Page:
There was quite a tumultuous scene outside of The New York Times headquarters in Manhattan this past Thursday. It was noted that several police vehicles belonging to the New York Police Department (NYPD) were defaced during a protest. Messages in support of Gaza and packing a punch against IDF and KKK were visibly painted on them, causing some concern among onlookers.
A particularly disturbing scene was witnessed when a demonstrator seemingly used a sign to draw a correlation between IDF Tik Tok girls and SS soldiers, alluding to a shared dance in the underworld. There was very little that went unnoticed: a smoke bomb was also detonated next to law enforcement officers who were present to surveil the protest so as to maintain public order.
The protest was not a spontaneous occurrence, but rather, it followed an organized journey, beginning in front of the iconic New York Public Library, located on 42nd street. It was a demonstration of sorts, spearheaded by students participating in a nationwide walkout, eventually making their way to the Times’ building.
Here, the protest took a diversified form. While a select few led a sit-down protest, possibly mirroring the peaceful resistance methods of yesteryears, others engaged in distributing parody newspapers, tongue-in-cheek titled ‘The New York Crimes’, thereby expressing their viewpoint.
Clearly, these protesters were nonplussed in their design, spreading their message far and wide. They didn’t stop at NYPD vehicles or spoof papers – in fact, they went on to etch their words onto the expansive windows of The New York Times building. ‘Blood on your hands’ and ‘Free Palestine’ made for a stark scene, emphasizing their stance.
Yet others moved their protest literally indoors, reciting a list of names – purportedly, a record of lives lost from the war in Gaza, as stated by the Health Ministry there, which is under the administration of Hamas. This solemn exercise brought a somber note to the protest.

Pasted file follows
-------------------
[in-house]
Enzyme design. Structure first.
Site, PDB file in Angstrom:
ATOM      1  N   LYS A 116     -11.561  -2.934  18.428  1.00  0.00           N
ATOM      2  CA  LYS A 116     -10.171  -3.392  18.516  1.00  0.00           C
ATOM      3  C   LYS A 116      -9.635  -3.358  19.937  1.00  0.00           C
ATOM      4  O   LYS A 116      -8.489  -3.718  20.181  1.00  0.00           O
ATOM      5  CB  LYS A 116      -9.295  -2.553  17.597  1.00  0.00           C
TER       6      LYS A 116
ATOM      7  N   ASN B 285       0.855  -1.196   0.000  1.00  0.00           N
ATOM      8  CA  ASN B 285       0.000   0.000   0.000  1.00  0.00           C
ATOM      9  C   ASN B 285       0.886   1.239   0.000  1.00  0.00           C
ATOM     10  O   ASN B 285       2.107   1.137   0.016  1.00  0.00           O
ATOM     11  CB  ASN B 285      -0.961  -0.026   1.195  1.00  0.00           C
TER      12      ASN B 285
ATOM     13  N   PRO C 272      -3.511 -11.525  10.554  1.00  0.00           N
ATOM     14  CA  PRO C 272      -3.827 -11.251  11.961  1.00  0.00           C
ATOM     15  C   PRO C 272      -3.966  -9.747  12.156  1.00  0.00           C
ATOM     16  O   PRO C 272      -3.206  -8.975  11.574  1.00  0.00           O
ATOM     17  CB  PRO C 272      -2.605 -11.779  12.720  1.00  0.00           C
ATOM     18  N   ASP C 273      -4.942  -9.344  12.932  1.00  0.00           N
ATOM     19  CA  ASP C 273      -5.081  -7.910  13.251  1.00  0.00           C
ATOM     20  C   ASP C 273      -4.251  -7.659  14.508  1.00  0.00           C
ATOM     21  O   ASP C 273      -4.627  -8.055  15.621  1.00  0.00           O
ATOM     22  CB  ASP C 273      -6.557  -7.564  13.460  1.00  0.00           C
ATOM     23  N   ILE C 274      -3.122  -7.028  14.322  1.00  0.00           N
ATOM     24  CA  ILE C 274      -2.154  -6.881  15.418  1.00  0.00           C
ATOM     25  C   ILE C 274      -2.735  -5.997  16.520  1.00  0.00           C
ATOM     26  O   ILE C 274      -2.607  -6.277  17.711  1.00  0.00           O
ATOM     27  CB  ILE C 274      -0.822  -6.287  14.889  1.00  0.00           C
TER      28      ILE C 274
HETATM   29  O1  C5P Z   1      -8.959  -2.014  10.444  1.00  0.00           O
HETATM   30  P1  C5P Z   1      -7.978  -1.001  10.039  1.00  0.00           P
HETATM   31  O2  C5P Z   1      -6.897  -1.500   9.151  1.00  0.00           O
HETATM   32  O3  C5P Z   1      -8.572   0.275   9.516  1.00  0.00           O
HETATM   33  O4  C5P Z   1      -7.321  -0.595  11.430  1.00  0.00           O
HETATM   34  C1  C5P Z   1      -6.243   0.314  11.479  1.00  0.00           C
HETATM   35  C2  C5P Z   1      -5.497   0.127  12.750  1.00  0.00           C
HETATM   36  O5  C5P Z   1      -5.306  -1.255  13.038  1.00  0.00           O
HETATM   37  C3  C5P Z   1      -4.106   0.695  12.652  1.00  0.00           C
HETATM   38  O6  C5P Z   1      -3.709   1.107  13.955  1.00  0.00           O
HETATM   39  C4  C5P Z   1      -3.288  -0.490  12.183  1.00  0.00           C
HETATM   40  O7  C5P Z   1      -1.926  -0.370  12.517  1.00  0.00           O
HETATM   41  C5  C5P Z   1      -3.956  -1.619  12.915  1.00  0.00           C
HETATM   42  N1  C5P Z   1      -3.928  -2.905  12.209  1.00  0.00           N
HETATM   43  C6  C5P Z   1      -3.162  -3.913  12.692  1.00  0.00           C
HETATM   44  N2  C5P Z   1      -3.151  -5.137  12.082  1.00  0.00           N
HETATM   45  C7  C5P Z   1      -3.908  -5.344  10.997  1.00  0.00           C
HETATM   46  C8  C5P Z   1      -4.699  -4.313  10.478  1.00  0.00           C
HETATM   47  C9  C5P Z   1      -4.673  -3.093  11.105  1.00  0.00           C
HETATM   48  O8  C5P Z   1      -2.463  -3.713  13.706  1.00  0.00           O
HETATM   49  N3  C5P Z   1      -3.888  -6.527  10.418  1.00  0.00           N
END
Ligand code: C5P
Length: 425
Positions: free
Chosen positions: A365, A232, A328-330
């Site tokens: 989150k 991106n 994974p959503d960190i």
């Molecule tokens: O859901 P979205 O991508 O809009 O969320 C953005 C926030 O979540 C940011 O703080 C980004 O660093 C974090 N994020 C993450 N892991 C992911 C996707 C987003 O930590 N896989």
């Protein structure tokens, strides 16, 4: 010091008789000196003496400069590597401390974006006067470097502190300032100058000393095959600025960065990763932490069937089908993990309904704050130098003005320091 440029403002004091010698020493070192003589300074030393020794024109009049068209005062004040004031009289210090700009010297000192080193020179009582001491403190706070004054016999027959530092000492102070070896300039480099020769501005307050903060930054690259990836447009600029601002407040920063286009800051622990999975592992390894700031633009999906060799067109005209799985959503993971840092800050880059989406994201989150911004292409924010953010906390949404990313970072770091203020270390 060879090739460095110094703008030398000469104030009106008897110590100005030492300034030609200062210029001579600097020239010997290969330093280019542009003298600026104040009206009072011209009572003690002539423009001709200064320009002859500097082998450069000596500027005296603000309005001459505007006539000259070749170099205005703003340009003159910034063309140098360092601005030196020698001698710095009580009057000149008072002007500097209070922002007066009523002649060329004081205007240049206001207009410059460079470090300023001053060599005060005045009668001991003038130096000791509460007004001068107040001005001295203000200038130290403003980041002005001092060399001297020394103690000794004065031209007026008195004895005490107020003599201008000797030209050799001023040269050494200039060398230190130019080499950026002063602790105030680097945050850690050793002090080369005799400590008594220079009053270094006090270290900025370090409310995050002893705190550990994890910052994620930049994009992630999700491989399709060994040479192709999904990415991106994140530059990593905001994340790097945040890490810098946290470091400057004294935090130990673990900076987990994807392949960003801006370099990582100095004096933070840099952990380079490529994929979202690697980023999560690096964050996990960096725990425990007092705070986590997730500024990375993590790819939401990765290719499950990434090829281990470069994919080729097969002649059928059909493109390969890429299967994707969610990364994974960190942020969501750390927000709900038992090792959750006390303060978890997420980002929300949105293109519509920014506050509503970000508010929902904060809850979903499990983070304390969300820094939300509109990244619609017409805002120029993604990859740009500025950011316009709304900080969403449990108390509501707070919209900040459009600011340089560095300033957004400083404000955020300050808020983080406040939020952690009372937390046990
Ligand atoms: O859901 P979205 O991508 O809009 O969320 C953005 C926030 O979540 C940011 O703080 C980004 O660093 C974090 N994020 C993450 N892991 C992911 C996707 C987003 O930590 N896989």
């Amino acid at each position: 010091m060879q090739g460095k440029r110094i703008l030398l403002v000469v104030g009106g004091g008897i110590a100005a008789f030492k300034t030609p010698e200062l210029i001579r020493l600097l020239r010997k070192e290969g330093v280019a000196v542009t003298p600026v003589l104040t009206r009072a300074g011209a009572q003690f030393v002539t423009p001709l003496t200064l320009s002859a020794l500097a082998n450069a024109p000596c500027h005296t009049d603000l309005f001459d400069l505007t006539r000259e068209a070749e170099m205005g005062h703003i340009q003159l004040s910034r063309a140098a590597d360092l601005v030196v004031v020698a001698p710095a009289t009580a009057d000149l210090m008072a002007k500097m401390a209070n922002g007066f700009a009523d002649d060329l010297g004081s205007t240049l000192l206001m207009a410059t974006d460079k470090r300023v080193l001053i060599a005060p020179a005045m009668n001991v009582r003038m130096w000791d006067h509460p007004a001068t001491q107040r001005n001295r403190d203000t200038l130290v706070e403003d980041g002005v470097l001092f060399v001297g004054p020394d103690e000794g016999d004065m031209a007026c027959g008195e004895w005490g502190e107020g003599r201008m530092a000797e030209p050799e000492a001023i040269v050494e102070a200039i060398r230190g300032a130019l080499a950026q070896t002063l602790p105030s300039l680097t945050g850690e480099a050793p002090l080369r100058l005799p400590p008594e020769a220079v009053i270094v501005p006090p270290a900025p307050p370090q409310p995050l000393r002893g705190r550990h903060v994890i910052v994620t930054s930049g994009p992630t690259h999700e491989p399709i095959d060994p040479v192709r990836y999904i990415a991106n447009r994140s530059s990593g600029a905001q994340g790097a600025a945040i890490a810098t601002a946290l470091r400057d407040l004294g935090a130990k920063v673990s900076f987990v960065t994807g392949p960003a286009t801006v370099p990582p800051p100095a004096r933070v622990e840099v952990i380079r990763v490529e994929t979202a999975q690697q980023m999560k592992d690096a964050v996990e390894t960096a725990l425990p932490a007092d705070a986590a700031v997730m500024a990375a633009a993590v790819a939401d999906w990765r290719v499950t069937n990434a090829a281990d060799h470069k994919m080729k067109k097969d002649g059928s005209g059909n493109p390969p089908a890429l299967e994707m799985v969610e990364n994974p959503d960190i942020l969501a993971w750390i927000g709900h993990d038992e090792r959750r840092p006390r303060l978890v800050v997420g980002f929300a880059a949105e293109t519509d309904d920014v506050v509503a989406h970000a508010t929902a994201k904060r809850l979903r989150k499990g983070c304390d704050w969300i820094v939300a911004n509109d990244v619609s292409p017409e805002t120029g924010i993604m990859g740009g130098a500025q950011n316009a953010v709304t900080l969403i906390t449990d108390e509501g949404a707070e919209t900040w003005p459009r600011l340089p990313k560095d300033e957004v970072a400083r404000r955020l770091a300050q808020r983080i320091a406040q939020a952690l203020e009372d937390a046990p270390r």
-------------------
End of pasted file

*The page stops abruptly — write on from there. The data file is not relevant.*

The protest was purposeful to the point of notable traffic disruption. At one point, a group of protesters seemed to temporarily impede access to the New York Times building. Meanwhile, inside the lobby, a chorus of nearly 30 voices echoed in unison in chant.
Contrary to what one might perceive from these descriptions, The New York Times’ communication to its staff leaned towards a more peaceful interpretation of the event. Stating via internal email, they reassured their personnel that entrances remained free and the protest was carried out peacefully.
It’s also pertinent to mention that such protests are no longer isolated events but are rippling across the nation in the wake of a chilling terrorist attack that took place in Israel on October 7th, attributed to Hamas. These protests have varied in approach and effect, with some escalating into incidents of violence.
There was one incident that aligned with this pattern, which stirred up quite a commotion outside the Museum of Tolerance. In another alarming instance, a tussle sparked off by a protest led to tragic consequences, with a Jewish man losing his life.
Alongside these protests, New York City has weathered a concerning uptick in hate crimes of a particular nature – antisemitic attacks, to be precise – by over 300%. These troubling occurrences should make us take note and wonder if these are not isolated incidents, but reflective of a broader national increase in instances of antisemitism and hate crimes in recent times.